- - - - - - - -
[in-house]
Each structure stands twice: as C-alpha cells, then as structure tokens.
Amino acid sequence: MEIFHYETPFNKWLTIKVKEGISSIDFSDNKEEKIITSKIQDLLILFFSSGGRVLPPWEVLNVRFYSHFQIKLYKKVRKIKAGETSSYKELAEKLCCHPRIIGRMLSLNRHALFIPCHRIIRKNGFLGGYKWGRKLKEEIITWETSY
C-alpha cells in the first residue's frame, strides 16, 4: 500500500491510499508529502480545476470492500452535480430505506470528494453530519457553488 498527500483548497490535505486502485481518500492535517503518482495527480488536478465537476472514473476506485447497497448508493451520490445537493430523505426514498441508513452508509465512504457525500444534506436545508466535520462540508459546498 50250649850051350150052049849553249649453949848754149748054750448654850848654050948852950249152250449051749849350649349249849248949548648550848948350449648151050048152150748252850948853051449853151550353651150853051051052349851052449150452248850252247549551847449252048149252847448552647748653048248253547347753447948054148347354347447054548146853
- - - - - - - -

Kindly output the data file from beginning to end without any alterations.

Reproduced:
[in-house]
Each structure stands twice: as C-alpha cells, then as structure tokens.
Amino acid sequence: MEIFHYETPFNKWLTIKVKEGISSIDFSDNKEEKIITSKIQDLLILFFSSGGRVLPPWEVLNVRFYSHFQIKLYKKVRKIKAGETSSYKELAEKLCCHPRIIGRMLSLNRHALFIPCHRIIRKNGFLGGYKWGRKLKEEIITWETSY
C-alpha cells in the first residue's frame, strides 16, 4: 500500500491510499508529502480545476470492500452535480430505506470528494453530519457553488 498527500483548497490535505486502485481518500492535517503518482495527480488536478465537476472514473476506485447497497448508493451520490445537493430523505426514498441508513452508509465512504457525500444534506436545508466535520462540508459546498 50250649850051350150052049849553249649453949848754149748054750448654850848654050948852950249152250449051749849350649349249849248949548648550848948350449648151050048152150748252850948853051449853151550353651150853051051052349851052449150452248850252247549551847449252048149252847448552647748653048248253547347753447948054148347354347447054548146853